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Ninoy Aquino International Airport

All international flights in and out of Manila use one of the three main terminals (Terminal 1, Terminal 2, Terminal 3) of Ninoy Aquino International Airport in Manila's south, while many domestic flights use a fourth, domestic, terminal (Terminal 4).

The four terminals share runways, but they are not particularly close to each other, so pay very close attention to which terminal you are flying into and out of; if you go to the wrong terminal it could take you 30 minutes to correct your mistake and you could miss your flight.

‘Airport Loop’ shuttle buses and vans (P20, 7am to 10pm) link the four terminals, but it's slow and sporadic, so take a taxi if you're in a hurry.

Note that several Asian discount carriers fly to Clark International Airport in the Clark Special Economic Zones, a two-hour drive north of Manila.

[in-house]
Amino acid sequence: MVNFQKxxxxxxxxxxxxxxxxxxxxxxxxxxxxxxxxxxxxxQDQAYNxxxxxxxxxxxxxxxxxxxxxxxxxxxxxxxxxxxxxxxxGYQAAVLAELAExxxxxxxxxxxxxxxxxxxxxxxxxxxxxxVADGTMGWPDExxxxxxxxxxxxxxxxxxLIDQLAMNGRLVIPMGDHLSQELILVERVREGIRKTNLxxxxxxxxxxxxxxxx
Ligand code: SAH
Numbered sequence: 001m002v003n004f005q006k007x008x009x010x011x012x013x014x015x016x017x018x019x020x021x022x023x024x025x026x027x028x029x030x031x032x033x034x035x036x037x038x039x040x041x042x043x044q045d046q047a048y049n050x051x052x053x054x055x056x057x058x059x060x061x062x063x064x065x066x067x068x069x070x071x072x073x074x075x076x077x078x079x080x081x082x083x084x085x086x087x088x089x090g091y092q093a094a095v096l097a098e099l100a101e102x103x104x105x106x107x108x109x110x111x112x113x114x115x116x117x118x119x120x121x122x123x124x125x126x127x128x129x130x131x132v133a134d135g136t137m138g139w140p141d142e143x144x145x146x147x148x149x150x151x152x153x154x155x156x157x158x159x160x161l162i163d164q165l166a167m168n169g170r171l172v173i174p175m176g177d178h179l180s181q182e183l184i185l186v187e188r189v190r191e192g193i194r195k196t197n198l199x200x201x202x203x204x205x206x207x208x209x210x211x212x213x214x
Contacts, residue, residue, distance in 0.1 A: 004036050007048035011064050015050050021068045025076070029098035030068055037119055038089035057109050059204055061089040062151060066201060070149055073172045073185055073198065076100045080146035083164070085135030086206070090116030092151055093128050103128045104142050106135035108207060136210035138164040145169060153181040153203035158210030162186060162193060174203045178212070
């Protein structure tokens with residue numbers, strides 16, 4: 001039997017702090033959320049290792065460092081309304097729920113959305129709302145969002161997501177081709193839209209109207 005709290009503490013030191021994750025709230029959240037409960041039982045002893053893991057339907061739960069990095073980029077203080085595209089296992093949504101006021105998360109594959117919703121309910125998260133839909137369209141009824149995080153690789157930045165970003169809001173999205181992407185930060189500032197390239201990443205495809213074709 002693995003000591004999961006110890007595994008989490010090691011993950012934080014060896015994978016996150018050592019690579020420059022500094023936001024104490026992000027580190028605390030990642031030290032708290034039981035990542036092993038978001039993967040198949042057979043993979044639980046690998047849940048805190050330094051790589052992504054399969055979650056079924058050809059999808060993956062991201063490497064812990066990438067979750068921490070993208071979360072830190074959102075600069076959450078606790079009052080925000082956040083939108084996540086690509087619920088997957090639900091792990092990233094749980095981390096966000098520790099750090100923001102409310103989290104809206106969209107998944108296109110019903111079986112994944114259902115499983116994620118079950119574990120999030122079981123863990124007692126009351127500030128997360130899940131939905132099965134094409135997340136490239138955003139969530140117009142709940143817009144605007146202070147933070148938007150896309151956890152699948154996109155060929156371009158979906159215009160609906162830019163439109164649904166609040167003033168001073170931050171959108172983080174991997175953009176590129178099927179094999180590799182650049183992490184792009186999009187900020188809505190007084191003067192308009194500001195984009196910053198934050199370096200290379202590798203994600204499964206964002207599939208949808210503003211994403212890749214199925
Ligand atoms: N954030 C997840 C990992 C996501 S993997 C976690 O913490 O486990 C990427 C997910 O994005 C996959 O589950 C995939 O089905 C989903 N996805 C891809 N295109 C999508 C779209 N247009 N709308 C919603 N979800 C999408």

Transport Options

As there are no direct public transport routes from either of the four terminals to Malate or Makati, bite the bullet and take a taxi, especially if you have a bit of luggage. The airport is quite close to the city and, barring traffic, you can get to Malate or Makati by taxi in 20 minutes. Uber is also a good option from the airport.

You have three options for taxis: first are white prepaid ‘coupon’ taxis that charge set rates of P600 to P700 to Malate or Makati. These will actively solicit you the minute you step outside the arrivals hall.

Feel free to ignore them for the second option: yellow airport metered taxis, which have a flagfall of P70 (regular metered taxis on the street have a P40 flagfall). Your total bill to Malate should be about P200, closer to P250 if you're travelling to Makati. To find the yellow cab rank at the three main terminals, walk straight and then to the right.